Renault Zoe pictures and hands-on
BMW has announced its i3 electric car - and by all accounts it's a cracker. But there's another company that has its eggs heavily invested in the electric car basket right now: the Renault-Nissan alliance and launch of the Renault Zoe. It's got us more than a little excited.
For some time, if you've wanted an electric car and haven't been rich enough to afford a Tesla, there was only one direction to look in - and that was at a Nissan Leaf. But that commands an undeniably large chunk of cash.
Starting at just £13,995 (after the UK government discount grant), the Renault Zoe is the model that could really kick-start the electric car revolution. Other than the ongoing thorny issue of drivable range - a potential problem for all electric cars - the Zoe asks you to make no real compromises over, say, a Ford Fiesta - or any equivalent petrol or diesel car for that matter.
It doesn't look too weird for a start. In fact, we'd go as far as to say that it looks better than Renault's just-launched Clio, to which it is distantly related. Better still, another common bugbear of electric cars - cramped cabins and a tiny boot - isn't an issue here either. Renault's designed the Zoe from scratch to be not just an electric car, but a car - so the batteries are all sandwiched under the floor rather than at the expense of needed space. Indeed the boot has greater capacity than a Fiesta's.
A quick recap: the Zoe doesn't cost a bomb, it doesn't look weird, it isn't a compromised space package. "It must drive like a dog," is what you're probably thinking? Well, no, it doesn't. As a way of getting around, the Renault Zoe proves to be a rather pleasant and strangely relaxing thing in which to cover ground.
If you've driven an electric car, the surge of speed low down - due to the electric motor delivering max torque from 0rpm - will come as no surprise. But the Zoe's refined nature and reasonable ride when even on bad roads are a bonus. The electric motor's got enough shove to make overtaking lumbering trucks on the average British A-road quite easy. Believe us, we tested it.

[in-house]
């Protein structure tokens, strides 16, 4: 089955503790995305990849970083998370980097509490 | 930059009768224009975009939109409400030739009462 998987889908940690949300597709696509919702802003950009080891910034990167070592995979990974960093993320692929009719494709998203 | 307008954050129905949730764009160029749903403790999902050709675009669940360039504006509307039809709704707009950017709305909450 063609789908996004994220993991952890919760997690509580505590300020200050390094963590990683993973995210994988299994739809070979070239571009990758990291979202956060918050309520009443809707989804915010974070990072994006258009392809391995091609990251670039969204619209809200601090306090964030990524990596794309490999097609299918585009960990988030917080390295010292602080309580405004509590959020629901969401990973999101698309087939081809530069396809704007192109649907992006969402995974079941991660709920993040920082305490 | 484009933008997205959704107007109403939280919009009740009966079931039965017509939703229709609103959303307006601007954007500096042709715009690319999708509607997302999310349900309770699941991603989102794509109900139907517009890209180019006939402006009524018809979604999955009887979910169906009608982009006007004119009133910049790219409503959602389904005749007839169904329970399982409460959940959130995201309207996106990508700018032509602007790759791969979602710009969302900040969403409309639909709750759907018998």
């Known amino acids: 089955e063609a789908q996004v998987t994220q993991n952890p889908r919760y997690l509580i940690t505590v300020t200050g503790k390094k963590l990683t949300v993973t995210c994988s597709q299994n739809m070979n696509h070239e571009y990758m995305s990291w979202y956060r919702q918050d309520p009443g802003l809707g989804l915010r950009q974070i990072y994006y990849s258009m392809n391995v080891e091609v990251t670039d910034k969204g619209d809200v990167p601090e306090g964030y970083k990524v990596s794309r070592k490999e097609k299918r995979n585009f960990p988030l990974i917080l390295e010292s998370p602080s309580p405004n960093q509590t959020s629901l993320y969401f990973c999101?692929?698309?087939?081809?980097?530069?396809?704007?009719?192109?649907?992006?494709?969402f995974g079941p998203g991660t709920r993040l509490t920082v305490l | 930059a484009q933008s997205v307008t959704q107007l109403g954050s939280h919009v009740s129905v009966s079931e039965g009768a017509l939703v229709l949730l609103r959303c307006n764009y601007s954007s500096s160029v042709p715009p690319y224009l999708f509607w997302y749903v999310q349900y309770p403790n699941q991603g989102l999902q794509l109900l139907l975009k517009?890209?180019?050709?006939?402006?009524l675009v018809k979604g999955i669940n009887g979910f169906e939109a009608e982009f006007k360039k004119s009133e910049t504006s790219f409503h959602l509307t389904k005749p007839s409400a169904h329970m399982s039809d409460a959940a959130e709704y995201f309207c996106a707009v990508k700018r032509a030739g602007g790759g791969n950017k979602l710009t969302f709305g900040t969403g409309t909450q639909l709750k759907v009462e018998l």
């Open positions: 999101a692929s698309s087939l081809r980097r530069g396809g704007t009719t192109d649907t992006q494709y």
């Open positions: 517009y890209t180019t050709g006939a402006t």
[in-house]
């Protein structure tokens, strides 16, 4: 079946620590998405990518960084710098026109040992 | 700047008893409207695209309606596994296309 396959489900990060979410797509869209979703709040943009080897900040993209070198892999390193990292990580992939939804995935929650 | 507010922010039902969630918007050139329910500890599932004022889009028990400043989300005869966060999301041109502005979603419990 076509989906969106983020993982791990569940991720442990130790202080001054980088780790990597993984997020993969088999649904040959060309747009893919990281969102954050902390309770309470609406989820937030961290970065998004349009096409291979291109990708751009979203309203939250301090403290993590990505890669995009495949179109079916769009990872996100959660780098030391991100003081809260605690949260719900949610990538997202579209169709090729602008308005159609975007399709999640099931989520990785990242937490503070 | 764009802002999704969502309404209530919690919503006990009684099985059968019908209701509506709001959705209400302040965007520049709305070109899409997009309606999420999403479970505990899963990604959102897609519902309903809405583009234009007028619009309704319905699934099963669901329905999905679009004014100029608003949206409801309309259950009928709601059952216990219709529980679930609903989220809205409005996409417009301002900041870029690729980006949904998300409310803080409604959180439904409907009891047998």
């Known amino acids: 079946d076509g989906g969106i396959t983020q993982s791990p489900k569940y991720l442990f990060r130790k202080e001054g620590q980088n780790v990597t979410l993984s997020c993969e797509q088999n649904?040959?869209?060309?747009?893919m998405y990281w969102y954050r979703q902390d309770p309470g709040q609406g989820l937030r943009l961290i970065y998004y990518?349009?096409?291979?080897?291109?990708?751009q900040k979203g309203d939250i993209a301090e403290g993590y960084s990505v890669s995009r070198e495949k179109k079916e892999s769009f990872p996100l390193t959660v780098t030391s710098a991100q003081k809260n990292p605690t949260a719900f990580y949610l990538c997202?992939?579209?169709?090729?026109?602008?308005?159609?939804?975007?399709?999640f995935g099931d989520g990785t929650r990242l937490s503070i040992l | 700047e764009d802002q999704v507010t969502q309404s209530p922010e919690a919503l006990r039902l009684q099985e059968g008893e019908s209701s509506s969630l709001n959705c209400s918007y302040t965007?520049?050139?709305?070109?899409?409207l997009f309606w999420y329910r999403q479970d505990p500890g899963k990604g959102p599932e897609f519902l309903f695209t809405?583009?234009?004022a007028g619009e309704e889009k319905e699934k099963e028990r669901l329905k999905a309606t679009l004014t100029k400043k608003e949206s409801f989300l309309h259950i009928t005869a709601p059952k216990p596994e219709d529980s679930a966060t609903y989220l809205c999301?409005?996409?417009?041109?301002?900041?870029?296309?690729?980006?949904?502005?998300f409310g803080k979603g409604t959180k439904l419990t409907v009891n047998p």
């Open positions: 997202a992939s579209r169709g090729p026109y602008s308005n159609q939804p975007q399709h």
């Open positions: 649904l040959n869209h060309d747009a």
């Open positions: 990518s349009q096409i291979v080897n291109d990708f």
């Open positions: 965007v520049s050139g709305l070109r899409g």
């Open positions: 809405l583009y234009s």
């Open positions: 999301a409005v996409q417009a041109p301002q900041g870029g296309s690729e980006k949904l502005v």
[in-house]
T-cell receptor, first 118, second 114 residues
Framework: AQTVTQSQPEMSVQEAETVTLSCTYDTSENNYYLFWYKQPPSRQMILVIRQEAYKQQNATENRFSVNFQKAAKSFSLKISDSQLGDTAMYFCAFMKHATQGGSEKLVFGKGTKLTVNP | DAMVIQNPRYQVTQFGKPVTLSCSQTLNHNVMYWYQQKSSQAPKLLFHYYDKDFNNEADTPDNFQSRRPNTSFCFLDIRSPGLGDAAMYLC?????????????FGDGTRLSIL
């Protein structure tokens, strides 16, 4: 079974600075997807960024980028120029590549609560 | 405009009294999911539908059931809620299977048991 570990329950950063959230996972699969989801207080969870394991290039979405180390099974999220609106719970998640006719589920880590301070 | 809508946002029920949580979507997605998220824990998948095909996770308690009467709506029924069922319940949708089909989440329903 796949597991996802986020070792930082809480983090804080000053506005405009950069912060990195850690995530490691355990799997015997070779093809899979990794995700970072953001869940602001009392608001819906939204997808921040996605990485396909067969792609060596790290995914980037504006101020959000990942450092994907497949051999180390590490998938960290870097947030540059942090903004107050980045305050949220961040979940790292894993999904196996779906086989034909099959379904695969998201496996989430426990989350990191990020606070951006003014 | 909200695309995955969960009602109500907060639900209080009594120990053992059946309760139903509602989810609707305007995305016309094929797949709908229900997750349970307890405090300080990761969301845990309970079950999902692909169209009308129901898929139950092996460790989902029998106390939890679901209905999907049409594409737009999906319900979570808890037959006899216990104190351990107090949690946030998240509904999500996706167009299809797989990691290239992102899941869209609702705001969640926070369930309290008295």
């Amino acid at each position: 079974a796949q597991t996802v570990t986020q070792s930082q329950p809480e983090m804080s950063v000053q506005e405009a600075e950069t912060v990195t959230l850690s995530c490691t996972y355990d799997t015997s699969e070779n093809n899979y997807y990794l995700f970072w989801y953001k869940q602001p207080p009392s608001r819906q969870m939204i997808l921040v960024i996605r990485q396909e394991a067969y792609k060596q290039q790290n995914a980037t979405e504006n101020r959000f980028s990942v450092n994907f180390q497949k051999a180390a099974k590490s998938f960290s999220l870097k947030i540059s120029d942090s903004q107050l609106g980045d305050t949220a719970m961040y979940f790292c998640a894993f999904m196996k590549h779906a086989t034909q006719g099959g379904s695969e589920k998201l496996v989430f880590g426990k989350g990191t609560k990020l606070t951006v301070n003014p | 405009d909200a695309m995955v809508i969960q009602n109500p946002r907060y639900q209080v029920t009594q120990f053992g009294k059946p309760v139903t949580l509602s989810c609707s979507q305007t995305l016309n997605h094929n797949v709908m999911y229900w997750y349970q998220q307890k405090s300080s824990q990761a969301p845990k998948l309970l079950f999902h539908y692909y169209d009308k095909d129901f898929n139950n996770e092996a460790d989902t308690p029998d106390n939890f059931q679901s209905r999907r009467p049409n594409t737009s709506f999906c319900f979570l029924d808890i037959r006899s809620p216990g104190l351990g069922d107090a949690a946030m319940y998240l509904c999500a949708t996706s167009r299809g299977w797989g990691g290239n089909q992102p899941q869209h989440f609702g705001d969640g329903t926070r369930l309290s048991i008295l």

But it's the stress-free, chilled-out on-road experience that we most remember about our time in the Zoe. We suspect if everyone drove one that there'd be no road rage in the world any more.
Inside, you've got the tablet-like centre console that'll be familiar if you've sat in the new Clio. The Zoe gets the bigger, more advanced, R-Link touchscreen system complete with a navigation function that's designed to try and stop you running out of juice, too. It shows you where you can reach with the car's current range and even helps you find local charge points too.
Ahead of the steering wheel, the normal set of gauges is replaced by a long, thin TFT LCD screen detailing the battery charge and current speed. It's set up to show how efficiently you're driving and whether energy is flowing into or out of the battery. You can adjust this display to present information to you in numerous different ways too - a gimmick but a neat one all the same. It's a decent dashboard, but not a patch on the BMW i3's. But then it costs at least ten grand less than the new electric Beemer.